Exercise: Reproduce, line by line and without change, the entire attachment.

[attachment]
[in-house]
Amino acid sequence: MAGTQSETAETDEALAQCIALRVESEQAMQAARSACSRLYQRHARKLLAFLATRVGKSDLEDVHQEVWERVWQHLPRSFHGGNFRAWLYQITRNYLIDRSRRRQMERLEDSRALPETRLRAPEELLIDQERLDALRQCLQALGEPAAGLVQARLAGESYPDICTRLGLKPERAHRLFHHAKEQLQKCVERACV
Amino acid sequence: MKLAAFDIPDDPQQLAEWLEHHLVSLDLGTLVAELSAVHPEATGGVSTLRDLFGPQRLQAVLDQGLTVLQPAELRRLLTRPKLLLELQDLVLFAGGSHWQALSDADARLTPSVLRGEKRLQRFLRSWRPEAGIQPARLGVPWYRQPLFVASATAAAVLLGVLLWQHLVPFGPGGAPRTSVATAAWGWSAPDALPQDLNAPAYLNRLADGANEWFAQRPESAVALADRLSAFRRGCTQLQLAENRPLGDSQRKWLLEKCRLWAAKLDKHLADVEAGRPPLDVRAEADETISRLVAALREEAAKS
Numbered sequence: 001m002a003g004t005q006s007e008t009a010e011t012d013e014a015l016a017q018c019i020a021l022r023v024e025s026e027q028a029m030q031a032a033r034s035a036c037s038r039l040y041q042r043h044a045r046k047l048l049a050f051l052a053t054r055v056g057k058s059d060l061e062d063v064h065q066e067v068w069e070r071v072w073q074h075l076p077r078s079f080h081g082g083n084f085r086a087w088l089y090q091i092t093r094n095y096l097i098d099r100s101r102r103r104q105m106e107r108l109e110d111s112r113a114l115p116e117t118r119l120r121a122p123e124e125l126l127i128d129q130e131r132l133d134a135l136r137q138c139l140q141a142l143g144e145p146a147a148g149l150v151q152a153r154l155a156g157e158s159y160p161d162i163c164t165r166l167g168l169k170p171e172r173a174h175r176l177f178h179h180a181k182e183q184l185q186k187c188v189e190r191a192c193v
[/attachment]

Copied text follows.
[in-house]
Amino acid sequence: MAGTQSETAETDEALAQCIALRVESEQAMQAARSACSRLYQRHARKLLAFLATRVGKSDLEDVHQEVWERVWQHLPRSFHGGNFRAWLYQITRNYLIDRSRRRQMERLEDSRALPETRLRAPEELLIDQERLDALRQCLQALGEPAAGLVQARLAGESYPDICTRLGLKPERAHRLFHHAKEQLQKCVERACV
Amino acid sequence: MKLAAFDIPDDPQQLAEWLEHHLVSLDLGTLVAELSAVHPEATGGVSTLRDLFGPQRLQAVLDQGLTVLQPAELRRLLTRPKLLLELQDLVLFAGGSHWQALSDADARLTPSVLRGEKRLQRFLRSWRPEAGIQPARLGVPWYRQPLFVASATAAAVLLGVLLWQHLVPFGPGGAPRTSVATAAWGWSAPDALPQDLNAPAYLNRLADGANEWFAQRPESAVALADRLSAFRRGCTQLQLAENRPLGDSQRKWLLEKCRLWAAKLDKHLADVEAGRPPLDVRAEADETISRLVAALREEAAKS
Numbered sequence: 001m002a003g004t005q006s007e008t009a010e011t012d013e014a015l016a017q018c019i020a021l022r023v024e025s026e027q028a029m030q031a032a033r034s035a036c037s038r039l040y041q042r043h044a045r046k047l048l049a050f051l052a053t054r055v056g057k058s059d060l061e062d063v064h065q066e067v068w069e070r071v072w073q074h075l076p077r078s079f080h081g082g083n084f085r086a087w088l089y090q091i092t093r094n095y096l097i098d099r100s101r102r103r104q105m106e107r108l109e110d111s112r113a114l115p116e117t118r119l120r121a122p123e124e125l126l127i128d129q130e131r132l133d134a135l136r137q138c139l140q141a142l143g144e145p146a147a148g149l150v151q152a153r154l155a156g157e158s159y160p161d162i163c164t165r166l167g168l169k170p171e172r173a174h175r176l177f178h179h180a181k182e183q184l185q186k187c188v189e190r191a192c193v